Welland Canal Parklands Walking Tour - Reservoir to Hwy 58.

Duration: 60 minutes Difficulty: Moderate, reasonable trails, some exploring will be more difficult

This remote section of Welland Canal Parklands sees the Third Welland canal overlaping the present infrastructure. To avoid any confusion I've outlined part of the route of the third canal on the map.

1.
Thorold Tunnel: If you look at the map you may notice the strange shape of the waterways here. There's a good explanation. The first year they built the Thorold Tunnel (Hwy 58), they needed to reroute the Third Welland Canal so they dug the semi circle. The next year they dug a trench for the entire Thorold Tunnel.

This area is also significant for being part of the Battle of Beaverdams. Apparently, when they were digging they came across several buried soldiers which needed to be moved to another location.

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2.
Third Welland Canal: Here's a look down the channel of the Third Welland Canal toward the Thorold Tunnel. Ontario Paper (Currently called Abitibi-Consolidated) can be seen in the background.
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3.
Niagara Central Railway: From the 1880's to the 1930's local trains became a popular way to travel in the Niagara Region. This bridge is what's left of the line between Thorold and Niagara Falls. The line operated until the late 1940's.

Interestingly, the company that ran the trains, Niagara, St. Catharines & Toronto Railway started switching to buses in the 1930's and 40's and eventually evolved into the St. Catharines and Niagara Falls transit systems.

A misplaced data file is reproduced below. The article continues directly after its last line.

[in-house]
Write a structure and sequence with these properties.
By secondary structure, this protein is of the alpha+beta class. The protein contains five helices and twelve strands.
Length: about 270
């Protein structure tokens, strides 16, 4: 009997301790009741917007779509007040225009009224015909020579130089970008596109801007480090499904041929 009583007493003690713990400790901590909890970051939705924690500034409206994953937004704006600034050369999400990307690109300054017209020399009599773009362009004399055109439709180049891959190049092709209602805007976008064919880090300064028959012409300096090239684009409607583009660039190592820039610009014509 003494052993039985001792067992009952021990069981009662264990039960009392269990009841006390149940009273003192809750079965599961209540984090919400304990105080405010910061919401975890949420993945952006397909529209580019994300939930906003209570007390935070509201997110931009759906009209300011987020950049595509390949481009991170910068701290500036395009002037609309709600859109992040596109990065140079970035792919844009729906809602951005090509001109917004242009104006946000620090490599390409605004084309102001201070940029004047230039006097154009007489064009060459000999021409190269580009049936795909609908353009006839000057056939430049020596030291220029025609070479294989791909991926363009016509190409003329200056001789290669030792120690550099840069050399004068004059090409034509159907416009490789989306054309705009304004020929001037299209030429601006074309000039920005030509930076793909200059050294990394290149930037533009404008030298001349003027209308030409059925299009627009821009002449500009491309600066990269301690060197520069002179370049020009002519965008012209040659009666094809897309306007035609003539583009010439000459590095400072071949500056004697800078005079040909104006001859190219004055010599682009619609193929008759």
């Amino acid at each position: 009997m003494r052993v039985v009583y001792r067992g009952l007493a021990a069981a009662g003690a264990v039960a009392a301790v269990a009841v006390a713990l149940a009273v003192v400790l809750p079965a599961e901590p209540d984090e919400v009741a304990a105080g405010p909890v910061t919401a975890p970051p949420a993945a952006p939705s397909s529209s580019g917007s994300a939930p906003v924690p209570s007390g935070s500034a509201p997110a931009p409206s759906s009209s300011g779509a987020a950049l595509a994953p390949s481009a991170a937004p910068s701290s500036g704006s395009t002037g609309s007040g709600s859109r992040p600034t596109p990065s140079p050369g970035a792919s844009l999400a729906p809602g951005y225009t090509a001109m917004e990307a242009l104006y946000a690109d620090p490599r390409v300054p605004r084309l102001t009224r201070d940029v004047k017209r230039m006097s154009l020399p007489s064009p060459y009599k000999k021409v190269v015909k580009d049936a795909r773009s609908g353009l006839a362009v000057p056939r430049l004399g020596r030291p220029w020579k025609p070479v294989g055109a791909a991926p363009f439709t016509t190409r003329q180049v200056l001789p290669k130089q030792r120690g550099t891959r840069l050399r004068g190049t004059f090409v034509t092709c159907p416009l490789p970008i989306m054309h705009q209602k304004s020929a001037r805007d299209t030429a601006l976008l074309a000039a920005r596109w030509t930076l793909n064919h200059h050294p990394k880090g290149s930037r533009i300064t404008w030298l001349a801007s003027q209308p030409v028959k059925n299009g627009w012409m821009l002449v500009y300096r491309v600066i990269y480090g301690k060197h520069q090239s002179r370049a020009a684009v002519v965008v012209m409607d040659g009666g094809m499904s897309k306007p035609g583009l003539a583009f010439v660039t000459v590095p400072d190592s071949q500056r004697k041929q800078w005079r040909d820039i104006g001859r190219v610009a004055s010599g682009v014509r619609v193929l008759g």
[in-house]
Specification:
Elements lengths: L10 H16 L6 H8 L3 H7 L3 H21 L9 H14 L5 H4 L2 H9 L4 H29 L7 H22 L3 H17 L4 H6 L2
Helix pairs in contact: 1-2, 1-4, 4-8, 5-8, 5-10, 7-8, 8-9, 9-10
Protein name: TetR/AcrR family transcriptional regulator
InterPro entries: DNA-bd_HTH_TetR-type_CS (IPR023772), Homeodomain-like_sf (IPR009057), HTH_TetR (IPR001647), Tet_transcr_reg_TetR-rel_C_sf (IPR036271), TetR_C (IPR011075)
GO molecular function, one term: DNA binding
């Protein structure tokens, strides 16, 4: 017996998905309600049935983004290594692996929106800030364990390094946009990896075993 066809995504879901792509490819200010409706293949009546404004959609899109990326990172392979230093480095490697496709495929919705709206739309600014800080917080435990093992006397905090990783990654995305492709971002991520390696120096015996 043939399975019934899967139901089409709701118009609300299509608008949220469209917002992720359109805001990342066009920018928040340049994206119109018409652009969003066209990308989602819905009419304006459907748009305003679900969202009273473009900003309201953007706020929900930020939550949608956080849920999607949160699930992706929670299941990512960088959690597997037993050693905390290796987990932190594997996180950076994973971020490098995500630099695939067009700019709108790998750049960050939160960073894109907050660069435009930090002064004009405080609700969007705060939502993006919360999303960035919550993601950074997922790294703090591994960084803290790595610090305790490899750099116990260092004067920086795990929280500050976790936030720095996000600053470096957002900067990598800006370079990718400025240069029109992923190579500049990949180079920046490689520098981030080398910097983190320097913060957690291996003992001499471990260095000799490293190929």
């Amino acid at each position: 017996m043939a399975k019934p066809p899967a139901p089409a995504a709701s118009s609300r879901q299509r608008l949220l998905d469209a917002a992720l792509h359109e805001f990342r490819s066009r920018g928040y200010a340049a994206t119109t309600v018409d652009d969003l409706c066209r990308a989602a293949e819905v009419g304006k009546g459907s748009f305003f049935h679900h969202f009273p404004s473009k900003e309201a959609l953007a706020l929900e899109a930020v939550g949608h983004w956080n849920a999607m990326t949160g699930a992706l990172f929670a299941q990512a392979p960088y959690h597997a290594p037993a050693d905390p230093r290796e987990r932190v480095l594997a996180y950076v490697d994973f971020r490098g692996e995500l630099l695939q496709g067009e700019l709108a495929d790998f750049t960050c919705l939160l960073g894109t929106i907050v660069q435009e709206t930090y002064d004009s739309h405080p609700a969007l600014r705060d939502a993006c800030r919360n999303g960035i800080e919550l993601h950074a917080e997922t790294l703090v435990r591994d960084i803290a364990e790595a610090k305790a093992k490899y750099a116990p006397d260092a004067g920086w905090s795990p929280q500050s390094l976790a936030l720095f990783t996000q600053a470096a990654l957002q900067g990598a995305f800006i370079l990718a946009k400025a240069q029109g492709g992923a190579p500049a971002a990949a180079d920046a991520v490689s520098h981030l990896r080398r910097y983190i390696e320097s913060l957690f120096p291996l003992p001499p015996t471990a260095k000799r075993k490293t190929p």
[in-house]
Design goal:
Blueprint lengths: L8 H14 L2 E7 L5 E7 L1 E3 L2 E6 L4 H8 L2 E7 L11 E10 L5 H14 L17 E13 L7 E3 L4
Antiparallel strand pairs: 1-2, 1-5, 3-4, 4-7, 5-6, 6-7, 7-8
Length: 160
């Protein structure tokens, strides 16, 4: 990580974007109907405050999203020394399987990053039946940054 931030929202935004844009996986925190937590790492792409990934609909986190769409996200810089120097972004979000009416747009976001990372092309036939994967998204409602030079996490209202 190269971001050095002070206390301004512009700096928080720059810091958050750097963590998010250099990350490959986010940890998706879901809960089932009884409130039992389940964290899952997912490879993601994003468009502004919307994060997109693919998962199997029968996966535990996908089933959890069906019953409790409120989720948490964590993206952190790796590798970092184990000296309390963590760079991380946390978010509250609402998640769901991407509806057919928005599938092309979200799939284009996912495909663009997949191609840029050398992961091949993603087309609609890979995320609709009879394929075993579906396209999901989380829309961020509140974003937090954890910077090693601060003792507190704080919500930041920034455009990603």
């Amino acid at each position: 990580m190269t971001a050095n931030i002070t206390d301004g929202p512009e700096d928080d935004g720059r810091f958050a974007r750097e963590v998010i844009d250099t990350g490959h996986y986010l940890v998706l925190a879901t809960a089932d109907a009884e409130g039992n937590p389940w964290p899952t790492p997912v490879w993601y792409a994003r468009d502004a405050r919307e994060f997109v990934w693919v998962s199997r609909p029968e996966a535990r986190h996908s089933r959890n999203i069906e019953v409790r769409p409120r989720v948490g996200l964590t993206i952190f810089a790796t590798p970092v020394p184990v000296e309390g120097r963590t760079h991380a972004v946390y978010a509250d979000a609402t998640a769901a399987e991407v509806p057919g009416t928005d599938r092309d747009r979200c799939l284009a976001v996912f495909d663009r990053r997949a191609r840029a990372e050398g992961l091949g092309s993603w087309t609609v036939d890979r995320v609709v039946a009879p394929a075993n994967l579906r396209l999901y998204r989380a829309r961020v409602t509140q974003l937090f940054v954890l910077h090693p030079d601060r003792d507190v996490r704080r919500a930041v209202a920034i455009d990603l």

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4.
Swing Bridge: The bridge used by the train is by far the biggest swing bridge I've seen on the canals. In the picture you can see the center support for the bridge with another support further in the background.
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5.
Gatehouse: The waterway leading up to the gatehouse has recently been fenced off and marked with no trespassing signs. I'd recommend respecting the signs. You can still see the water exiting the gatehouse. The water seen here is overflow from lock 7 nearby.
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6.
Lock 22: Here's a picture of water running from the gatehouse into Lock 22. Despite the concrete architecture, it's hard not to appreciate a waterfall.
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7.
Lock 22: Sometimes, I accidently take photo's that look more artistic than factual. Here you can see water falling into Lock 22 as seen from Lock 21.
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8.
Lock 21: Here's a shot of Lock 21 that people often take from Lock 22. Part of the lock is above water but as you can see the left side has become an Island.
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9.
Lock 21: Here's a close up of lock 21 when the reservoir is filled with water. After 130 years the lock is in pretty good condition, you might conclude that the pressure from water in the reservoir helps keep the lock together somehow.

There is a small path leading to lock 21 on the east side. What you might find interesting is that the path takes you right over the original location of St. Peter's church that was torn down in the 1880 to make room for the Third Welland Canal.

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10.
St. Peter's Cemetery: Here's a shot of St. Peter's Cemetery Today. The picture was taken from the south edge looking north over the length of the cemetery.

The cemetery made the news in 2009 when a local resident reported finding human bones in the area. Something that probably led to the fresh layer of dirt over the section closest to the water.

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